Cathy Berberian (1925 – 1983) was an American mezzo-soprano vocalist, based in Italy. She was known as a proponent of both avant garde and contemporary vocal music, moving during her career from debuting one of John Cage’s major works, his Aria with Fontana Mix composition, in 1958, to covering Beatles songs. Cathy Berberian was an opera diva who never took herself too seriously, probably the hippest lady in classical music of her day.
In 1949, she received a Fulbright scholarship to study music at the Milan Conservatory, where she would meet her husband, the great composer Luciano Berio, who would write music for her during their marriage and afterwards. (His Requies: in memoriam Cathy composition premiered the year after her death.) Of his wife, Berio said “The versatility of her mind was astonishing.” Aside from her great vocal gifts, she was also a gourmet chef, a fashion model and she translated Woody Allen’s book Getting Even into Italian.
Sylvano Bussotti, Hans Werner Henze, William Walton, and Igor Stravinsky also composed works for Cathy Berberian’s voice and she’s name-checked in the Steely Dan song “Your Gold Teeth” on Countdown to Ecstasy: “Even Cathy Berberian knows / There’s one roulade she can’t sing.”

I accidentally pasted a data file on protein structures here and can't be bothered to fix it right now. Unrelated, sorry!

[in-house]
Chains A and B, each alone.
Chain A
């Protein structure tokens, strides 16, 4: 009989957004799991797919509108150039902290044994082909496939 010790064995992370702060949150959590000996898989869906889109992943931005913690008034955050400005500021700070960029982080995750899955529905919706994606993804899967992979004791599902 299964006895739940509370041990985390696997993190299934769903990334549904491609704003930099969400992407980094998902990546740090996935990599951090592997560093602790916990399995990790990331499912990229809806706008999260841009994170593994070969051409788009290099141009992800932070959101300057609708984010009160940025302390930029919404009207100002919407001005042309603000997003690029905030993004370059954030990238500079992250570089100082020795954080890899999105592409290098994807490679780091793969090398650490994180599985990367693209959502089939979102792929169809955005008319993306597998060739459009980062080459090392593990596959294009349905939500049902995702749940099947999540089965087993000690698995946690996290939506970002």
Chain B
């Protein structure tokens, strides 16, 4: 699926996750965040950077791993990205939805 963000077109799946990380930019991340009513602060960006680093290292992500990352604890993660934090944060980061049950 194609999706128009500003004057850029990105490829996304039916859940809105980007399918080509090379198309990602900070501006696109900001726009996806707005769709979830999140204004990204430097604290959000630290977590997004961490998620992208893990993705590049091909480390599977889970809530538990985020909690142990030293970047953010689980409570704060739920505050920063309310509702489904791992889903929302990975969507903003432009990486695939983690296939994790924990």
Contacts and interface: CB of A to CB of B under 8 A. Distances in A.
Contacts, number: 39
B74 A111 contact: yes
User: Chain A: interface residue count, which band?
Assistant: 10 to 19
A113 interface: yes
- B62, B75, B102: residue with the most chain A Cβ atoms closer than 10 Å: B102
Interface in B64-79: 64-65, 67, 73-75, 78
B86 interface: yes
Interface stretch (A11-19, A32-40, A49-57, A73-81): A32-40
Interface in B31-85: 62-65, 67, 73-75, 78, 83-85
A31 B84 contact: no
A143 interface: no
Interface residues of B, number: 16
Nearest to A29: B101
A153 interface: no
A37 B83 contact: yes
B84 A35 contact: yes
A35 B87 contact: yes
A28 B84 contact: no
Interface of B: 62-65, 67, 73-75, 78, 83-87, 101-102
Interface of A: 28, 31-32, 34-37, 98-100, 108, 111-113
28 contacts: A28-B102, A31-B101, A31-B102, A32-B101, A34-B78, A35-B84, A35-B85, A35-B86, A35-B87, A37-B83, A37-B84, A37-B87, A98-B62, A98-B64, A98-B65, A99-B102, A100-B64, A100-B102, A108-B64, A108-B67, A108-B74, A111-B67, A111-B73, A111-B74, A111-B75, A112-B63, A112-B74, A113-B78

But for all of her high-falutin’ musical and intellectual pedigrees, Berberian was equally known as someone with a sense of humor. Her Revolution album of Beatles covers is a unique and quirky collection indeed, but she really ties together her pop and avant garde inclinations beautifully in her own composition, “Stripsody,” a short vocal piece where she uses comic book exclamations and sounds (Words like “Boing!”“Vrrop vrrop” appear on the sheet music) to get the point across, sounding very much like a comical version of Cage’s Fontana Mix.